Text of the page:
Save Your Pennies & Nickels

Just read an interesting article this afternoon about the requests to the US Mint about the legality of melting pennies and nickels down for their raw materials. So you better not get caught:

The new regulations prohibit the melting of 1-cent and 5-cent coins, with a penalty of up to five years in prison and a fine of up to $10,000 for people convicted of violating the rule.

Bummer. Since switching to using my credit card a few years ago for practically everything… I’ve not had the familiar feeling of jingling change in my pocket. (I do have some in my drawer at work in case I get the need for a Diet Pepsi out of the vending machine… but that’s about it!)

But in case you’re feeling a bit feisty:

A nickel is 25 percent nickel and 75 percent copper. The metal in one coin costs 6.99 cents for each 5-cent coin. When the Mint’s cost of producing the coins is added, the total cost for each nickel is 8.34 cents.

Modern pennies have 2.5 percent copper content with zinc making up the rest of the coin. The current copper and zinc in a penny are worth 1.12 cents. The cost of production drives the cost of each penny up to 1.73 cents.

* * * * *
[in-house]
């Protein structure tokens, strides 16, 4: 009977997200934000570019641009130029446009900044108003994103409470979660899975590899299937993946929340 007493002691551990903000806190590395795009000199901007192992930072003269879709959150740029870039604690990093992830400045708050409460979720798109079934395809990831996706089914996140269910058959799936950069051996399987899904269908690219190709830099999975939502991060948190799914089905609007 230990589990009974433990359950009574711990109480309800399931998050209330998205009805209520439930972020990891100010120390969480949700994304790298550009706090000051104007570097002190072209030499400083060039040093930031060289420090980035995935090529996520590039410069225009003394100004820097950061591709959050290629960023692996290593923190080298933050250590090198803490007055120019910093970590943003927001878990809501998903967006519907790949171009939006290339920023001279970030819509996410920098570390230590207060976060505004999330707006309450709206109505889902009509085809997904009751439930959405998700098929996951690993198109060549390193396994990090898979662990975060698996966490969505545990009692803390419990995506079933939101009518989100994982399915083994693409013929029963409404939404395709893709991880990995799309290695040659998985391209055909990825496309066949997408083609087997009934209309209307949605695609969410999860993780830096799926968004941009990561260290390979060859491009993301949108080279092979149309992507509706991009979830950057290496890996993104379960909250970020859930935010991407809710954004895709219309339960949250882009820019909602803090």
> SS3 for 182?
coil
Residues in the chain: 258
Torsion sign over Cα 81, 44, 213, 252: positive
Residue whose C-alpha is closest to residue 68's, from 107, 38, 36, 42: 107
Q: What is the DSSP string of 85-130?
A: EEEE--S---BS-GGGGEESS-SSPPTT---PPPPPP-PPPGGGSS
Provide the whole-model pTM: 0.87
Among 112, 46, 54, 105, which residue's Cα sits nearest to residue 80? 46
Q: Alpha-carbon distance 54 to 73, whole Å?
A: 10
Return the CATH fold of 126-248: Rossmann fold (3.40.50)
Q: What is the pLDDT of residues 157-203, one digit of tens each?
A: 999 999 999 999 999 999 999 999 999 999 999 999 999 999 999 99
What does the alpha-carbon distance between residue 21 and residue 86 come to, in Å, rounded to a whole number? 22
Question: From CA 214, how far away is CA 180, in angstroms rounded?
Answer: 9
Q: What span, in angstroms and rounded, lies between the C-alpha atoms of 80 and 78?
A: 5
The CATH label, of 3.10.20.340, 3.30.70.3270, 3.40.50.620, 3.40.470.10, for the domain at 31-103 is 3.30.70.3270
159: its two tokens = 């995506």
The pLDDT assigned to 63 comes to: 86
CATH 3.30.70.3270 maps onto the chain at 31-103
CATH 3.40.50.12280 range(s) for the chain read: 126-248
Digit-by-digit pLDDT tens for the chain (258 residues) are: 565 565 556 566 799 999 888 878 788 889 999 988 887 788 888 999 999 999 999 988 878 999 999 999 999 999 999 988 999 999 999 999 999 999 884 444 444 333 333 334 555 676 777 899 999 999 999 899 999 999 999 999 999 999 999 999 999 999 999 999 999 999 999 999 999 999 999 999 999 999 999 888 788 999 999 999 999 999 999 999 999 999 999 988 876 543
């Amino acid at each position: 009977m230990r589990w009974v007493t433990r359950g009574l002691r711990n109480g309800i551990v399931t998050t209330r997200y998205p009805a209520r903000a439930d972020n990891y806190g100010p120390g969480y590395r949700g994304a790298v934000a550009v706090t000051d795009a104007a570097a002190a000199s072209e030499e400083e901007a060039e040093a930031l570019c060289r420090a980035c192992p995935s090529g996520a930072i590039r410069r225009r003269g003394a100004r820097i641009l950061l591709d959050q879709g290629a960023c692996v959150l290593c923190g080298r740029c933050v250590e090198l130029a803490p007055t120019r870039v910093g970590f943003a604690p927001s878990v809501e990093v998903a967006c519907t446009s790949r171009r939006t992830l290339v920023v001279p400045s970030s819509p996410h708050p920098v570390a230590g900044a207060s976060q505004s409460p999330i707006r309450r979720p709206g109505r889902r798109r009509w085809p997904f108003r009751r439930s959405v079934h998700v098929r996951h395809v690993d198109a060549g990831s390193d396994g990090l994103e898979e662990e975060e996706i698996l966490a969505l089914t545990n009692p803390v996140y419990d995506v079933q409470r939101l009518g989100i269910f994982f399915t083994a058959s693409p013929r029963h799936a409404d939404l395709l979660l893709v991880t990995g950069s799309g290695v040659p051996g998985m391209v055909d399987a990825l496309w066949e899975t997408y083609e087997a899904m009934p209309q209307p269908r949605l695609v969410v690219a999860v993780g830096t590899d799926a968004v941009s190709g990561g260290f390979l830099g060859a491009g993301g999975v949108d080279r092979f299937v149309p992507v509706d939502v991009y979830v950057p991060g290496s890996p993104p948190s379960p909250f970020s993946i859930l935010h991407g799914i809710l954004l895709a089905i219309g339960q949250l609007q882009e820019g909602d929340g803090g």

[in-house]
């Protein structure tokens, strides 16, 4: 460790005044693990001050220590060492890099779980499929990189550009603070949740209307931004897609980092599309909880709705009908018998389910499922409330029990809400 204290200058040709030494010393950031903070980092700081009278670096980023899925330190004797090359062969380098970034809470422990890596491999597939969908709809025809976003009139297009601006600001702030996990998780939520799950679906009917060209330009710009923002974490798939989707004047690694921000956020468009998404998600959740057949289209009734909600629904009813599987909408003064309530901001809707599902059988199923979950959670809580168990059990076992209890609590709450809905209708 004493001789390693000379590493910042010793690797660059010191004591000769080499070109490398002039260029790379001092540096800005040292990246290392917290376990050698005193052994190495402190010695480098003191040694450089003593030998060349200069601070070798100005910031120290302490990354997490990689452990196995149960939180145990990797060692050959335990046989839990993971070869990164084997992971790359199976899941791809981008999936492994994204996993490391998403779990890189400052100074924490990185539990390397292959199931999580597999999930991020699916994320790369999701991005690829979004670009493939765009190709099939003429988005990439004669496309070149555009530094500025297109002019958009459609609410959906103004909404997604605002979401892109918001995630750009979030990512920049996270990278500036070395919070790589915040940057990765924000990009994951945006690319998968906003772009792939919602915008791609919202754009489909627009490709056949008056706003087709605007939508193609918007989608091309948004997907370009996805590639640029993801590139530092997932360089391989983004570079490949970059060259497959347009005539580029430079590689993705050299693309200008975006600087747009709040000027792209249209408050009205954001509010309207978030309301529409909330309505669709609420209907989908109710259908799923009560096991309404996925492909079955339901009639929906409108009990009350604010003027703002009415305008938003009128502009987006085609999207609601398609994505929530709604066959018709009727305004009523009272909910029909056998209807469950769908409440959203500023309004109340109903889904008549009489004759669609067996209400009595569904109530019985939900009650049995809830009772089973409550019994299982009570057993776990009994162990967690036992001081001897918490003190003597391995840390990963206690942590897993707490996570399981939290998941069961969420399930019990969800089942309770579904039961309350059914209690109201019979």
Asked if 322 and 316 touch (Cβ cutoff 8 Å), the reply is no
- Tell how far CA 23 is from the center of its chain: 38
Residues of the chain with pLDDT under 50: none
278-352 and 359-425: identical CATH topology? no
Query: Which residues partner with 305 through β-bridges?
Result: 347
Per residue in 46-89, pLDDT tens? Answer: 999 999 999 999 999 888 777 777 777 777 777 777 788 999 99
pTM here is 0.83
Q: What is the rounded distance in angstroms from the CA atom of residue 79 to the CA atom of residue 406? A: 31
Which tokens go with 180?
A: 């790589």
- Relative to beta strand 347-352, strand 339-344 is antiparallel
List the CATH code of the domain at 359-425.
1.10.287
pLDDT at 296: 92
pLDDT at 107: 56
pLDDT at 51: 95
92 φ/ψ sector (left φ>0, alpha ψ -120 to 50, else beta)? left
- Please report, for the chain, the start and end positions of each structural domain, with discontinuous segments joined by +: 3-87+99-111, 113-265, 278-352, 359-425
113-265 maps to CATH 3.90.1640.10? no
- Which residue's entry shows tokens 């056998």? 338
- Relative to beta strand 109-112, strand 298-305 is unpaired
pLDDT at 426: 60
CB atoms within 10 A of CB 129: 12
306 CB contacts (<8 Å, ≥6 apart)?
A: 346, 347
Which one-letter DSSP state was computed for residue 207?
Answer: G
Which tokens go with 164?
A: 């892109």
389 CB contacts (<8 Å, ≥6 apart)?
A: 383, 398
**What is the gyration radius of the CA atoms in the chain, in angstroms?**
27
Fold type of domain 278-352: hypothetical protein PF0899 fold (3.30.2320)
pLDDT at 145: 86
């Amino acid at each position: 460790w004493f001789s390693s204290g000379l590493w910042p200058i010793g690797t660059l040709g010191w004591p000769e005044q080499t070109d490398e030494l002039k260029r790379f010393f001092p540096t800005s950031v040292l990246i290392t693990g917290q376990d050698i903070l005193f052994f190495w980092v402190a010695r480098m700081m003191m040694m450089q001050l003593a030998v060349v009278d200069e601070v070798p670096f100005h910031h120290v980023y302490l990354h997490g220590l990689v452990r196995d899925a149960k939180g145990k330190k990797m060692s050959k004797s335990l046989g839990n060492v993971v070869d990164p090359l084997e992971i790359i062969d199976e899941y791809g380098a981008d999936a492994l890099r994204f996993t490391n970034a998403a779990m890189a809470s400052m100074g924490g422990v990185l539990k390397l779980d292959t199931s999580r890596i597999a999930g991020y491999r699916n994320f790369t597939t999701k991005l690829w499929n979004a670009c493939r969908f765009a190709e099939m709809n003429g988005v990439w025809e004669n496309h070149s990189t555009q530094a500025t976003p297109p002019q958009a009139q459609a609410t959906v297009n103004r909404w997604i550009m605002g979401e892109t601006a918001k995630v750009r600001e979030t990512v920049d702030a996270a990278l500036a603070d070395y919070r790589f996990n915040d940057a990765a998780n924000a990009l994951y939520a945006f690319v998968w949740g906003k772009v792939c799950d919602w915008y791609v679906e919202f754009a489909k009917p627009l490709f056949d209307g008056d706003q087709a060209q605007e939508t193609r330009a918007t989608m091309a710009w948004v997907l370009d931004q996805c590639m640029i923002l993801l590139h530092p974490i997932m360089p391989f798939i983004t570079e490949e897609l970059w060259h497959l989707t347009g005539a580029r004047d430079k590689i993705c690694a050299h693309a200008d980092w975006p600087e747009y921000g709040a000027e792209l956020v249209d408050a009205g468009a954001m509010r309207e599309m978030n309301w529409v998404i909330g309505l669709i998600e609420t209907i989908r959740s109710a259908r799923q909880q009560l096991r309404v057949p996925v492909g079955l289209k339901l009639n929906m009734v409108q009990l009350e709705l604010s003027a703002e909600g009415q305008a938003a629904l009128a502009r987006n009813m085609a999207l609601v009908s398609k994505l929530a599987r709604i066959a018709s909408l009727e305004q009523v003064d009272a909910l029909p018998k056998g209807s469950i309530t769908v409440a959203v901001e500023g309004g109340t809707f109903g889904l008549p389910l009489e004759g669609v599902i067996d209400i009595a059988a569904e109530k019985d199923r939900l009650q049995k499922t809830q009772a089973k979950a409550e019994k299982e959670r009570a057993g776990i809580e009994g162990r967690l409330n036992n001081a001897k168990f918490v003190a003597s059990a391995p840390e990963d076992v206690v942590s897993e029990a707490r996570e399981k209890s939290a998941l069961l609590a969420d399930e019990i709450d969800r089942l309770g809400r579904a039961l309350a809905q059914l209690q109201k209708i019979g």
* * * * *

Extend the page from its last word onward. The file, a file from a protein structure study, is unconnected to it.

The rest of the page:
Pennies made before 1982, which are still in circulation, would be even more lucrative to melt down because they contain 95 percent copper and only 5 percent zinc. The metal value in those coins is 2.13 cents per coin, Mint officials said.


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  1. I thought that I would comment on my post… Found this interesting tidbit today…

    Raw material prices in general have skyrocketed in the last five years, sending copper prices to record highs of $4.16 a pound in May. Copper pennies number 154 to a pound. Prices have since come down from that peak but could still trek higher, Velde said.

    Since 1982, the Mint began making copper-coated zinc pennies to prevent metals speculators from taking advantage of lofty base metal prices. Though the penny is losing its importance — it is worth only four seconds of the average American’s work time, assuming a 40-hour workweek — the Mint is making more and more pennies.

    Velde said that since 1982 the Mint has produced 910 pennies for every American. Last year there were 8.23 billion pennies in circulation, according to the Mint.

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